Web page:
Jessie Trudeau and Ross Trudeau’s New York Times crossword, “Going Somewhere?” —Nate’s write-up
First of all, congrats to the newly married couple who authored this puzzle! This is the first byline for Jessie Trudeau, though you’ve certainly seen a few puzzles from her before this as Jessie Bullock (so I’ll tag this puzzle by both of her names). Extra congrats to Jessie, who also recently completed her PhD at Harvard to become Dr. Jessie! Wow. Wish all the absolute best to both of today’s constructors! Now, let’s tackle their puzzle, which has us wondering where we might be going…
– 7D: MASS PIKE [Easternmost leg of I-90, familiarly] leads to 51A: BICHROME [Two-colored]
– 24D: PENNY LANE [Where all the people that come and go stop and say “hello,” in a 1967 hit] leads to 68A: AERODROME [English landing spot]
– 37D: RODEO DRIVE [Noted shopping mecca] leads to 88A: ETHAN FROME [Edith Wharton’s “ruin of a man”]
– 13D: EVERGREEN TERRACE [Home of the Simpson and Flanders households] leads to 98A: IMPOSTER SYNDROME [Habitual fear of being exposed as a fraud]
– 20D: PENNSYLVANIA AVENUE [One side of D.C.’s Federal Triangle] leads to 115A: ALL ROADS LEAD TO ROME [Aphorism that’s visually depicted five times in this puzzle’s grid]
I’ll admit that I had to visit the puzzle’s write up at xwordinfo.com because I couldn’t figure out the full theme myself. I saw the five instances of -ROME in the thematic acrosses of the puzzle, but couldn’t figure out how ALL ROADS LEAD TO ROME. I was overthinking things! It turns out that each across -ROME entry has an intersecting down entry which is a literal road… and it ends at (leads to) -ROME. Neat!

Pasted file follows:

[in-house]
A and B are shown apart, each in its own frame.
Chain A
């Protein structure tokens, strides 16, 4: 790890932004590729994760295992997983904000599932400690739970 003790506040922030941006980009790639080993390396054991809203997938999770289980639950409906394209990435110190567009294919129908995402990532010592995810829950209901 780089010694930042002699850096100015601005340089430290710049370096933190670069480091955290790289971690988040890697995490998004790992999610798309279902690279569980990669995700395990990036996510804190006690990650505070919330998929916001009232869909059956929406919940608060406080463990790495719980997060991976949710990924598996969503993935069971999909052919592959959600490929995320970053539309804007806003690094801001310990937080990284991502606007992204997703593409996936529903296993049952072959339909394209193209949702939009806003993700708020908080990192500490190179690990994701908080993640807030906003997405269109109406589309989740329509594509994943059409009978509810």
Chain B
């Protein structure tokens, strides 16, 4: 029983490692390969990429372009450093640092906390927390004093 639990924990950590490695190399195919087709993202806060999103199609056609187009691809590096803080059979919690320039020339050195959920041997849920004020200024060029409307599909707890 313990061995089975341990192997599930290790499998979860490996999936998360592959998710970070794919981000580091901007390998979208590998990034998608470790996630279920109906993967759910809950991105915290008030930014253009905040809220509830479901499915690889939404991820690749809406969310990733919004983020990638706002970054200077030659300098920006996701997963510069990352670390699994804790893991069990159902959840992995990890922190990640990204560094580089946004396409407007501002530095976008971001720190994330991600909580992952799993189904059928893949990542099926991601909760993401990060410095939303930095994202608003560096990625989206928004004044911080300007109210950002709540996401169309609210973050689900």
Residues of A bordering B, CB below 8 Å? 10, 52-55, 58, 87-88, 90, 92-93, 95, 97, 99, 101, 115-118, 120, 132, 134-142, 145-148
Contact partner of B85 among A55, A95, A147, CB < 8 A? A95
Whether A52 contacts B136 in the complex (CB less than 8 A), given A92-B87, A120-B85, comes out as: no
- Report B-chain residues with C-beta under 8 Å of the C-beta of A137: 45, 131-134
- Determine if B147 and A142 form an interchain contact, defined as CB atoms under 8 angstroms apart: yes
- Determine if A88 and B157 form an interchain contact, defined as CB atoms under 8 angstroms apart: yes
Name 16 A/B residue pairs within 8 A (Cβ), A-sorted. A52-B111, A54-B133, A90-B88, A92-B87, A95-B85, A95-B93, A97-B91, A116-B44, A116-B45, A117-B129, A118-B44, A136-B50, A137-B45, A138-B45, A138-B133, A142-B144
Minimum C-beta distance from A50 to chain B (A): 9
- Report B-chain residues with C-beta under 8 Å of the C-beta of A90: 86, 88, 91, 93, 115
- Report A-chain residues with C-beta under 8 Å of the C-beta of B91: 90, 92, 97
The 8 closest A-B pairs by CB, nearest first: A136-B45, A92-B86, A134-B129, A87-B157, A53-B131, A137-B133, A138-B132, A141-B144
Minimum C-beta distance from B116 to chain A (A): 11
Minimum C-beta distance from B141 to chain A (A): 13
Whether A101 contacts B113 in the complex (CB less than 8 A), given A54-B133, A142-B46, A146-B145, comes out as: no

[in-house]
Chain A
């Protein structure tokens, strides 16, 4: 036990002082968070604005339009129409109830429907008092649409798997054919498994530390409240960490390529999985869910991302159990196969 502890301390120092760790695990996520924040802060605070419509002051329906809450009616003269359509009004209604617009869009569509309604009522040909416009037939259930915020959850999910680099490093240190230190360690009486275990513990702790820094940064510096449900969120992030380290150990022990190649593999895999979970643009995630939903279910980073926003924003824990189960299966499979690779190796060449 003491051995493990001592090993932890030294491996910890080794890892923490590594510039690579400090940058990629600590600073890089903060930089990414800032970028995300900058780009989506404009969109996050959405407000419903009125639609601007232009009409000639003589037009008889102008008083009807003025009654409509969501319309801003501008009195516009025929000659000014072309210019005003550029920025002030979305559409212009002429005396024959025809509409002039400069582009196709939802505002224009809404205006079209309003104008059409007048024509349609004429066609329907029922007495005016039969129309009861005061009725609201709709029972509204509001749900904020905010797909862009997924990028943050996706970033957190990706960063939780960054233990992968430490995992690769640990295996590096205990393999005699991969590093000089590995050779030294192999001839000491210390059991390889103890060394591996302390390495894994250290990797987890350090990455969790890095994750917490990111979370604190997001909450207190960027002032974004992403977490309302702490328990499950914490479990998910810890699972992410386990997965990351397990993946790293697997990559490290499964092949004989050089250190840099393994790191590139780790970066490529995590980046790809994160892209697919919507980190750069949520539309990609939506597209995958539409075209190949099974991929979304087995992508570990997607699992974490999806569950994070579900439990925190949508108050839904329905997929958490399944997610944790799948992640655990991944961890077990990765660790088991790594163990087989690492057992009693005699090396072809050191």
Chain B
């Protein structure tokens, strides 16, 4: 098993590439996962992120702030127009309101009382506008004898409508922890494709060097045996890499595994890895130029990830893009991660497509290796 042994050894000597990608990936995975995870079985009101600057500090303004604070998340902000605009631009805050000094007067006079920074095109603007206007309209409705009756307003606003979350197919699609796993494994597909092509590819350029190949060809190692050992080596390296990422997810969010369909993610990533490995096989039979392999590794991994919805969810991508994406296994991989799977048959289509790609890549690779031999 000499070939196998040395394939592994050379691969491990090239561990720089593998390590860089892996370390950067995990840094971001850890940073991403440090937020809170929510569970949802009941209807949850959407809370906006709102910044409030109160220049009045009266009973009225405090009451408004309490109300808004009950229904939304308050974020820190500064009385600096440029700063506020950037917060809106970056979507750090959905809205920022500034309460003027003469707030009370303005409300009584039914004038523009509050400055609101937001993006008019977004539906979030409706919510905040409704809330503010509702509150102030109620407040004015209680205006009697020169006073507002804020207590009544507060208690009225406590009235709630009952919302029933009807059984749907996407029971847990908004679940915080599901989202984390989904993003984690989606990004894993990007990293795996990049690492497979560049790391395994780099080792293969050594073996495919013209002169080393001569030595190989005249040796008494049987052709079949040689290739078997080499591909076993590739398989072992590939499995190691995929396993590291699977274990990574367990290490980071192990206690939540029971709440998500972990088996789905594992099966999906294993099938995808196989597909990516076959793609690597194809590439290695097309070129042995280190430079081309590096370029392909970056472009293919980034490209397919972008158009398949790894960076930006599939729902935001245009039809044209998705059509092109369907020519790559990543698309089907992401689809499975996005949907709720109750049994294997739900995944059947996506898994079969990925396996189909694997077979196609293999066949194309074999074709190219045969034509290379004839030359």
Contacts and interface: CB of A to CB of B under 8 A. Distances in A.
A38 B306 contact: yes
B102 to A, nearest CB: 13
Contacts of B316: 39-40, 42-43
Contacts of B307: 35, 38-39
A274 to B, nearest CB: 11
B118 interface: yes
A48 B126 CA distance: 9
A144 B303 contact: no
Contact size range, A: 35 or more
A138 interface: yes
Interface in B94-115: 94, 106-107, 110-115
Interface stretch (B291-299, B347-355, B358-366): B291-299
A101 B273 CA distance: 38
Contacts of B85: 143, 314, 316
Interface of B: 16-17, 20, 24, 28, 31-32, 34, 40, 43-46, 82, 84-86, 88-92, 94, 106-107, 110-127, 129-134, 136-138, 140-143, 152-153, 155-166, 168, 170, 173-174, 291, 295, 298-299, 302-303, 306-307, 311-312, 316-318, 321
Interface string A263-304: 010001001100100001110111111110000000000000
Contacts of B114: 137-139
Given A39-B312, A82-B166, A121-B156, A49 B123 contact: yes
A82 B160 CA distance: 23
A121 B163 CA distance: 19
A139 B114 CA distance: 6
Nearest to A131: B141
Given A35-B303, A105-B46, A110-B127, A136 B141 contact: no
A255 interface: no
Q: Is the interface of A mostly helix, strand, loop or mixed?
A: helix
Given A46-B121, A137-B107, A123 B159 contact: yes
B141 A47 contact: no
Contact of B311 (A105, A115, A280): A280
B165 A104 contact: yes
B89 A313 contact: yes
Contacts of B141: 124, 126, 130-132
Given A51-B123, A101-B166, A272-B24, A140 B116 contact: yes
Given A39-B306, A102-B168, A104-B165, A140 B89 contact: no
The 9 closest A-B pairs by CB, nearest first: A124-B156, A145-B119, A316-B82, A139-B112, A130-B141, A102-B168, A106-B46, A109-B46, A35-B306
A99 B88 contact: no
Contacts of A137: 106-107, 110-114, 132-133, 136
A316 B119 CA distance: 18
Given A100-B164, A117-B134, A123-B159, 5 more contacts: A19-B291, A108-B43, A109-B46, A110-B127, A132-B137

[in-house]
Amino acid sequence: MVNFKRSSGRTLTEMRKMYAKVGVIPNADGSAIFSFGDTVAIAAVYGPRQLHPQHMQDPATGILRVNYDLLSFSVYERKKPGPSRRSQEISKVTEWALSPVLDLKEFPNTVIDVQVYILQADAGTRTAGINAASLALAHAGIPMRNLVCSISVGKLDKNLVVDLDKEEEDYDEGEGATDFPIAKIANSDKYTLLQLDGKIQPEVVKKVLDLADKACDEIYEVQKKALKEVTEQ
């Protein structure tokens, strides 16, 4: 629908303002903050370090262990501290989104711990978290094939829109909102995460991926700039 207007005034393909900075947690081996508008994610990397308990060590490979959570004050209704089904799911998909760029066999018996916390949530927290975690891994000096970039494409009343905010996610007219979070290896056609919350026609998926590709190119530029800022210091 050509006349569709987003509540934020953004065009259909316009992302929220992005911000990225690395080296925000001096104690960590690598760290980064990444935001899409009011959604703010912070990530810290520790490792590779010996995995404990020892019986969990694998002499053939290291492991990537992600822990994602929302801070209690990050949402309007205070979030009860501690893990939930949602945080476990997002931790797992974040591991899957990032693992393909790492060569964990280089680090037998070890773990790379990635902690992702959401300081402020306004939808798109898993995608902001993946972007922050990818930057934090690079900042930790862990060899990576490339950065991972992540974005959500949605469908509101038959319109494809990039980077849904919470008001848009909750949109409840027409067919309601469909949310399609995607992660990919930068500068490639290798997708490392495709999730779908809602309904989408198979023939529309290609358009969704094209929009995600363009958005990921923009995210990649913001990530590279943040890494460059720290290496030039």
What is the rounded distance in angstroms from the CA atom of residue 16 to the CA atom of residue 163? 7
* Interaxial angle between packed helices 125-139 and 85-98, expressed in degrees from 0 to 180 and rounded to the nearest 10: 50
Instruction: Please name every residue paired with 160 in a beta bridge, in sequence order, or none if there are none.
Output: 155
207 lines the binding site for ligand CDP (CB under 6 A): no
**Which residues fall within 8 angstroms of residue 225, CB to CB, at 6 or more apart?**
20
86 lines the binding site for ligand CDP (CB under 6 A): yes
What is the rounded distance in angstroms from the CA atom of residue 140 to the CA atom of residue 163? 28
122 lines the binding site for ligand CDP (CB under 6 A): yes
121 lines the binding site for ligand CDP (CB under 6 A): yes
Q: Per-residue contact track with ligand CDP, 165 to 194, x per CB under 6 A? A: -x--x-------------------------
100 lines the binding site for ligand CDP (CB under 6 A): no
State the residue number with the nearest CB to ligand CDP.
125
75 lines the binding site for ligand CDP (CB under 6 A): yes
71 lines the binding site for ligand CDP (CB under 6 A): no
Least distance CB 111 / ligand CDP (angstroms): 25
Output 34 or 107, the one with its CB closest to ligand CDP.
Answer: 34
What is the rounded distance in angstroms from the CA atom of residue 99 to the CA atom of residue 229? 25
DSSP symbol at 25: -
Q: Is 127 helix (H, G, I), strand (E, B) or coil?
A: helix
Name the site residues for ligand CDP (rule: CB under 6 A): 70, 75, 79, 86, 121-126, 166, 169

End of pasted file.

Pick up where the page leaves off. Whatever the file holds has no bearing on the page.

I think this only could have been pulled off by expert constructors who saw the merits of using diagonal (instead of rotational) symmetry. What I also appreciated about this puzzle was how clean it felt and how fun many of the clues came across – for me, it was a joyful solve, even if I wasn’t keen enough to figure out the theme! Hilariously and possibly relatedly, I had no problem plunking in IMPOSTER SYNDROME instantly and with no crossings. Read into that about me what you will. :)
Random note: 1D APHID [Rosebud ravager] – Let me tell you how much I blushed at reading this clue! How did that make it through the editing process? Or is this just a crossword clue version of RORSCHACH CARDS for me? 0:)
That’s all for now. Congrats again to the wonderful couple! What did you enjoy about their puzzle? Let us know (and send them your best wishes, too) in the comments below.